Rebecca Smith began her new job at LMH Health Foundation on January 1, 2021—just as the COVID pandemic hit.  As the Vice President of Strategic Communications, she faced not only a new workplace and new responsibilities, but also the challenge of communicating with the public during an extraordinary time. 

 

At LMH, the COVID response involved four components that needed to work together seamlessly.  Incident Command was the hub where operations, logistics, planning and administration/financial work took place.  The individuals assigned to this group were on deck 12 hours a day, every day.  The stress had personal implications as well as professional ones for everyone as their work impacted patients and the community.

Work was framed with the aim to provide care to anyone who needed it.   Smith found that the Guiding Values of LMH were foundational to the work at hand:  People First.  Better Together.  Speak Up.  Innovation. In Joy.  

Because the goal was to inspire confidence in LMH care, Smith knew that communication needed to be patient focused, credible, transparent, and trustworthy.  She worked hard to balance information about COVID against the panic that such information could create.  She found that balance by sharing both the good and the bad news. 

The concept of Better Together emphasized collaboration within work groups and within the larger community of Lawrence and of Douglas County.  LMH built partnerships with the Douglas County Unified Command and throughout the city,  and the community responded.  Restaurants gave food.  Douglas County United Way managed volunteers.  The Senior Resource Center provided transportation and meals.  The Lawrence Public Library was an information hub.  Up to 175 people helped each day with the vaccination effort.  Over 2000 volunteers did various tasks, and Smith soon had 8,000 addresses on her email distribution list.  She took care to provide frequent and readable messages.  And although it took extra effort, she maintained two-way interactions with those who had questions.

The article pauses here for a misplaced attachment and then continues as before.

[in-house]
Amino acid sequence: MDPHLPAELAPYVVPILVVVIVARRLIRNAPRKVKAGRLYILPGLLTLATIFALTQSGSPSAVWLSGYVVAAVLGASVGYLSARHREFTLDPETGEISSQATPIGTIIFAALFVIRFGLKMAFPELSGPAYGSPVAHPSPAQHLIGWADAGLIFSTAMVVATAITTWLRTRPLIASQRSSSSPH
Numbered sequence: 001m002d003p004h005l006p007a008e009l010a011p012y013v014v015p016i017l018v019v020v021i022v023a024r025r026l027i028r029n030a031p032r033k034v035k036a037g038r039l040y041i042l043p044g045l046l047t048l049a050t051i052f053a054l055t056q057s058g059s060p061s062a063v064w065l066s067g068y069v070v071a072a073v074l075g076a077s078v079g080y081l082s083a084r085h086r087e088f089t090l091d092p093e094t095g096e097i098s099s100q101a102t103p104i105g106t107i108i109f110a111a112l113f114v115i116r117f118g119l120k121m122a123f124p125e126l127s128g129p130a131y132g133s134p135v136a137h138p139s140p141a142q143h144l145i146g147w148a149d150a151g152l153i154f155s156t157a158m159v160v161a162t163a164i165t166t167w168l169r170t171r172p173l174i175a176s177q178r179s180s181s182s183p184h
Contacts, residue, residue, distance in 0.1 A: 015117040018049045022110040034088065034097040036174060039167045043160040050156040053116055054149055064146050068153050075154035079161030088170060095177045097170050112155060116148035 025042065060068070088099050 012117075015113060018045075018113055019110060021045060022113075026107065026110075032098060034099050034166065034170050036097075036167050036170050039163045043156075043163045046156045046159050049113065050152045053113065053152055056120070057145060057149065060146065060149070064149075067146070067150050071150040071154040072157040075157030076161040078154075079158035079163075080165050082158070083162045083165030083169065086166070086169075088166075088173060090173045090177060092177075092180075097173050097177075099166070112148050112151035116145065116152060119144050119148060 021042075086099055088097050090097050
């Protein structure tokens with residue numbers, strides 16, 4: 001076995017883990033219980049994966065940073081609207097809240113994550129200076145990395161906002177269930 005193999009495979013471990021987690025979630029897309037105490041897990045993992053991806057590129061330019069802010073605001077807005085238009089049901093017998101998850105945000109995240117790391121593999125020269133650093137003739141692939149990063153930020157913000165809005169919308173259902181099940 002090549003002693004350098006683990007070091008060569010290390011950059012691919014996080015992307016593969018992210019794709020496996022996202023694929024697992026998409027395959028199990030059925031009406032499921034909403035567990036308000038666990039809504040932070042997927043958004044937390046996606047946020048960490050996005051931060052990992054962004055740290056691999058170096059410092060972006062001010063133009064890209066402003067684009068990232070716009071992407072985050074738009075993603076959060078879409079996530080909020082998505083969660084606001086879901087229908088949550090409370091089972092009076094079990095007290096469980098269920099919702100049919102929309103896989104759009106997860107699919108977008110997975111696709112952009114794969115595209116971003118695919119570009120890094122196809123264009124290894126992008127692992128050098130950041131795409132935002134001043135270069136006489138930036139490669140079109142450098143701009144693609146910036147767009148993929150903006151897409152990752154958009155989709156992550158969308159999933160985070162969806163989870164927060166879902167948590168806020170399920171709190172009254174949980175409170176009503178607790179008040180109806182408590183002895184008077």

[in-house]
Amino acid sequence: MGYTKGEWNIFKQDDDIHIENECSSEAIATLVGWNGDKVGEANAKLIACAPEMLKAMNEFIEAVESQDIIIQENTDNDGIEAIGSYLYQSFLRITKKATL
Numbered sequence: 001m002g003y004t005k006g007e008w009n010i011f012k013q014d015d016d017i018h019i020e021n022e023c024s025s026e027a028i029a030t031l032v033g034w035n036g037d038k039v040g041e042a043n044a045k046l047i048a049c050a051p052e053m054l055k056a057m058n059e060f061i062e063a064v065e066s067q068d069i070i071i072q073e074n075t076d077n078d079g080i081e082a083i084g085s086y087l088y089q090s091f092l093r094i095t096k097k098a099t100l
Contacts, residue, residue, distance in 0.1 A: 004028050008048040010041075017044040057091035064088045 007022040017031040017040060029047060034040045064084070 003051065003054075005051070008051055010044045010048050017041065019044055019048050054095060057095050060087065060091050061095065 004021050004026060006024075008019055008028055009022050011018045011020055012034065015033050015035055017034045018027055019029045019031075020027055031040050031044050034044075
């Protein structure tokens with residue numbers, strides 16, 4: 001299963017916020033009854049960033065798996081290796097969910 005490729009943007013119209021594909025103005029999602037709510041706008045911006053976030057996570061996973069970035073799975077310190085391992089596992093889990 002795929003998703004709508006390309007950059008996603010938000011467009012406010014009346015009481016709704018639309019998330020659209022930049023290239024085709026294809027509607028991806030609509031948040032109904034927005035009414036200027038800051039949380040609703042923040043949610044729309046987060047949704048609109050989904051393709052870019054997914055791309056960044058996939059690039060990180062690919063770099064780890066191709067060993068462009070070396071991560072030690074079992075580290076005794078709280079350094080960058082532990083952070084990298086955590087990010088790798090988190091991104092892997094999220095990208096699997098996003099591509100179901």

While Douglas County Kansas vaccinations were coordinated and delivered at Douglas County Fairgrounds, LMH vaccines were delivered via drive-in clinics at the hospital.  LMH took care to schedule appointments only after receiving delivery of vaccine, typically planning appointments within 24-48 hours afterward.  By giving doses from vaccine that had arrived the prior week, they did not need to cancel clinics.  As of the end of March 2021, LMH had provided 40,000 doses of vaccine. 

During the period from March 2020 to March 2021, 439 COVID inpatients were cared for at LMH. They are proud to declare that there was zero transmission of the disease within clinics and hospital itself.

LMH has met the challenge well, but Smith cautions that continued vigilance is key.  We aren’t done with the epidemic yet!